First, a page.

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Why Do We Experience Pain?

I recently attended a conference and listened to Dr. Alexandra Carswell Engle, where she presented on pain management, and it made me think about my personal experiences in fitness both as an individual and as a coach at OPEX Fitness Regina.

At OPEX Regina I generally see clients come in looking to overcome an injury or pain, build self-confidence, have more energy day-to-day, and improve overall health.

Today I am going to talk about pain because I see more and more people coming in experiencing life aches and pains that make their day-to-day increasingly challenging.

What is Pain?

It is an uncomfortable feeling in your body that warns you something is wrong. While this feeling is the body's own internal warning system, pain can last for weeks, months, or longer.

There is a general concept that our bodies don’t do things randomly, that there are causes for everything, and what you are experiencing matters. A common thought around pain is it means there is an injury and this is often not the case.

We see a lot of advertising around ways to treat pain (Advil, Tylenol, gels, etc.) but what we should be discussing are the drivers of the pain (causes).

Reasons we may experience pain:

1. Inflammation:

· can be acute or chronic

· is often connected to diet and overall gut health

· will increase pain sensitivity

2. Infection:

· Autoimmune pain (eg: arthritis)

· Inflammation from infection

3. Nutrient deficiencies:

· Vitamin D deficiency

· Vitamin B deficiency: increases inflammation and decreases the ability to detoxify

· Magnesium: can cause tight muscle tissue and cause headaches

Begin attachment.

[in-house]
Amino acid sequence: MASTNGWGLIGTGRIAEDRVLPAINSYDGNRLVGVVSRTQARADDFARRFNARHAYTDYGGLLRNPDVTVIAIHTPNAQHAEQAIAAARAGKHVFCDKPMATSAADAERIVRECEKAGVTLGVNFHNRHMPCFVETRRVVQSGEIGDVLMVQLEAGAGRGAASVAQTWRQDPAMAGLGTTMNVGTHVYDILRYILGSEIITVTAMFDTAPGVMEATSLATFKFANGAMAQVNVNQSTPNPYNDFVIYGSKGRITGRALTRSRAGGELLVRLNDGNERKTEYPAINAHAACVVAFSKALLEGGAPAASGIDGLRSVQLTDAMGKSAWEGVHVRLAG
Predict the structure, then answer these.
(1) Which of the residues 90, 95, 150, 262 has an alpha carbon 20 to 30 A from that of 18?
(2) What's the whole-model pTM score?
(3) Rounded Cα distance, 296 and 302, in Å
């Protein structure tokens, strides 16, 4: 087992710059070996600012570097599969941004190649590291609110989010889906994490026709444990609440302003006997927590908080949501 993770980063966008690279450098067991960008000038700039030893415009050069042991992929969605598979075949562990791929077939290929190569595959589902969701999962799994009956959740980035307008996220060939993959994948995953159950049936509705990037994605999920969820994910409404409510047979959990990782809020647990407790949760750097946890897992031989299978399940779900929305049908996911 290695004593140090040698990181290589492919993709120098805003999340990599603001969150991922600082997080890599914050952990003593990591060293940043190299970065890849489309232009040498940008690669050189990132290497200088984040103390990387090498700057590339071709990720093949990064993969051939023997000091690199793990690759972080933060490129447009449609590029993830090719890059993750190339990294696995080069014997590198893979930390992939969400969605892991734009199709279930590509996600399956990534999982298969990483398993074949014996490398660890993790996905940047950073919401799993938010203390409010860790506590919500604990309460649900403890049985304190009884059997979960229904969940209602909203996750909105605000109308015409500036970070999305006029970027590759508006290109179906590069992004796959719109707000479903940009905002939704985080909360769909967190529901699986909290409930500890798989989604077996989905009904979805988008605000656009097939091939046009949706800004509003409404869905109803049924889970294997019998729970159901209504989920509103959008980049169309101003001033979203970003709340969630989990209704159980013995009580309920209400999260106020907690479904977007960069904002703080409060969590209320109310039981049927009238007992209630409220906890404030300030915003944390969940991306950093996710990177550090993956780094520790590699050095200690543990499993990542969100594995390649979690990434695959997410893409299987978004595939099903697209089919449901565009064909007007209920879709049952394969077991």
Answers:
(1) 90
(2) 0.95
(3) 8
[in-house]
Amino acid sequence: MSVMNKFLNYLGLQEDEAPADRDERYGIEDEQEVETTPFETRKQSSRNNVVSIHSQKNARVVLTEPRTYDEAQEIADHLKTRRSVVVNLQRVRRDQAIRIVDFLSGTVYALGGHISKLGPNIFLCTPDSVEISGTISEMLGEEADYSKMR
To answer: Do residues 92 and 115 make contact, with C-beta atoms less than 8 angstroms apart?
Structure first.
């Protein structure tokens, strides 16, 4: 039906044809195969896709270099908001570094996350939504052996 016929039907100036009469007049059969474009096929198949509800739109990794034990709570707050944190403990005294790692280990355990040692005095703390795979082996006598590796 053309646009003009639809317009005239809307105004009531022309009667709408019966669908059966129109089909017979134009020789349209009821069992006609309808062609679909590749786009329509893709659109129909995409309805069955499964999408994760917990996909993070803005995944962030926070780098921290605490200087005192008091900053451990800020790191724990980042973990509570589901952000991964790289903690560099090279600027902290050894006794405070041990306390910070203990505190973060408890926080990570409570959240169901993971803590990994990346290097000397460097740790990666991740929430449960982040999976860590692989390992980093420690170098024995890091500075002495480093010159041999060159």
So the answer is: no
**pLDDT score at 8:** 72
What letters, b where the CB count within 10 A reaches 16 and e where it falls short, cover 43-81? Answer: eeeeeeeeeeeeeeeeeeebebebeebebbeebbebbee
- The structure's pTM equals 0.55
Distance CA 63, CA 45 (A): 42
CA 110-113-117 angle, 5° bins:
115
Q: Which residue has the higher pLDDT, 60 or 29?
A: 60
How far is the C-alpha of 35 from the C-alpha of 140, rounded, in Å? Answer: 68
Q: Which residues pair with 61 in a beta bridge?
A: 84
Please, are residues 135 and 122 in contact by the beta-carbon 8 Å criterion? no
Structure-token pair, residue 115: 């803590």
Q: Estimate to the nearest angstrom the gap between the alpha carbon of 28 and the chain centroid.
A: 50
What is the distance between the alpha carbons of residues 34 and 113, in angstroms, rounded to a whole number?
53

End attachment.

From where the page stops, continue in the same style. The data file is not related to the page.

· Omega-3 fatty acids: a deficiency means that we have more inflammatory fatty acids in our diet and the cells are less fluid.

There is a lot going on when it comes to pain and remember that we all experience it differently. If you are experiencing pain, make sure you check with your doctor. If you are clear to start a new fitness regimen then you can work on the processes below.

How pain impacts us on a daily basis:

When we feel that a movement will cause us pain, what do we often do?

Avoid. Avoid. Avoid.

We avoid that movement as much as we can. BUT when a movement assessment is performed, we might see that there is no injury, just the perception that it will hurt and therefore be harmful.

When starting a new fitness regimen or at a new gym you should work through your pain with your coach in the following ways:

1) We want to find a way to desensitize the body to the perceived pain of the movement. This means working on the movement and only taking it to just before the pain starts then working slowly on progressing it;

2) Exposure to similar movements that do not cause pain or a flare-up;

3) If there is no next-day pain or flare-ups you should slowly progressing into more complex movements that challenge you but do not cause pain,

4) If there is a next day pain flare-up work on regressing the movements so the pain doesn’t persist.

The main takeaway today is that you should never stop moving; movement creates blood flow, which moves oxygen, hormones, and nutrients which helps us sleep better, recover, and stay healthy. Movement can be walking outside, swimming, riding a bike, lifting weights, or basically anything that raises our heart rate to get our blood moving.

Stay Healthy,

Steve Volke




Dr. Alexandra Carswell Engle is the owner of Regenerate Health Medical Center

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